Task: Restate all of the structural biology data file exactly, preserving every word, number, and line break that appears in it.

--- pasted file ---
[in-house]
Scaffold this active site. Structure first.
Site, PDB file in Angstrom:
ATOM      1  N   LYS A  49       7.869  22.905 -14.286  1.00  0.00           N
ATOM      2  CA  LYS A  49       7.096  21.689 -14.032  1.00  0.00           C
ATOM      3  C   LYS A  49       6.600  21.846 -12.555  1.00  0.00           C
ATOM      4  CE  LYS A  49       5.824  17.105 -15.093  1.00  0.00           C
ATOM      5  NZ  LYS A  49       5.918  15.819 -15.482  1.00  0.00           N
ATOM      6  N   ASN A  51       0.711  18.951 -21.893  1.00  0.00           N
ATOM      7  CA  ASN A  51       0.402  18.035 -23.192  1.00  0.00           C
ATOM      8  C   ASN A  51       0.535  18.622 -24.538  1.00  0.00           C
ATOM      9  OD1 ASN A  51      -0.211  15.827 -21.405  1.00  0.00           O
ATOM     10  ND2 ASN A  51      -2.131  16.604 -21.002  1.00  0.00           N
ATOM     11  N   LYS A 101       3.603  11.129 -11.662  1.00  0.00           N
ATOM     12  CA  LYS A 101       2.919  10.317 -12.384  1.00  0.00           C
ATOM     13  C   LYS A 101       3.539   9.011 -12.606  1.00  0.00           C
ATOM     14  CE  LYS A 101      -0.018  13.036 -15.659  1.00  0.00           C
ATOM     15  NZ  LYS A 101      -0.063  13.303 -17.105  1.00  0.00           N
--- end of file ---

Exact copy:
[in-house]
Scaffold this active site. Structure first.
Site, PDB file in Angstrom:
ATOM      1  N   LYS A  49       7.869  22.905 -14.286  1.00  0.00           N
ATOM      2  CA  LYS A  49       7.096  21.689 -14.032  1.00  0.00           C
ATOM      3  C   LYS A  49       6.600  21.846 -12.555  1.00  0.00           C
ATOM      4  CE  LYS A  49       5.824  17.105 -15.093  1.00  0.00           C
ATOM      5  NZ  LYS A  49       5.918  15.819 -15.482  1.00  0.00           N
ATOM      6  N   ASN A  51       0.711  18.951 -21.893  1.00  0.00           N
ATOM      7  CA  ASN A  51       0.402  18.035 -23.192  1.00  0.00           C
ATOM      8  C   ASN A  51       0.535  18.622 -24.538  1.00  0.00           C
ATOM      9  OD1 ASN A  51      -0.211  15.827 -21.405  1.00  0.00           O
ATOM     10  ND2 ASN A  51      -2.131  16.604 -21.002  1.00  0.00           N
ATOM     11  N   LYS A 101       3.603  11.129 -11.662  1.00  0.00           N
ATOM     12  CA  LYS A 101       2.919  10.317 -12.384  1.00  0.00           C
ATOM     13  C   LYS A 101       3.539   9.011 -12.606  1.00  0.00           C
ATOM     14  CE  LYS A 101      -0.018  13.036 -15.659  1.00  0.00           C
ATOM     15  NZ  LYS A 101      -0.063  13.303 -17.105  1.00  0.00           N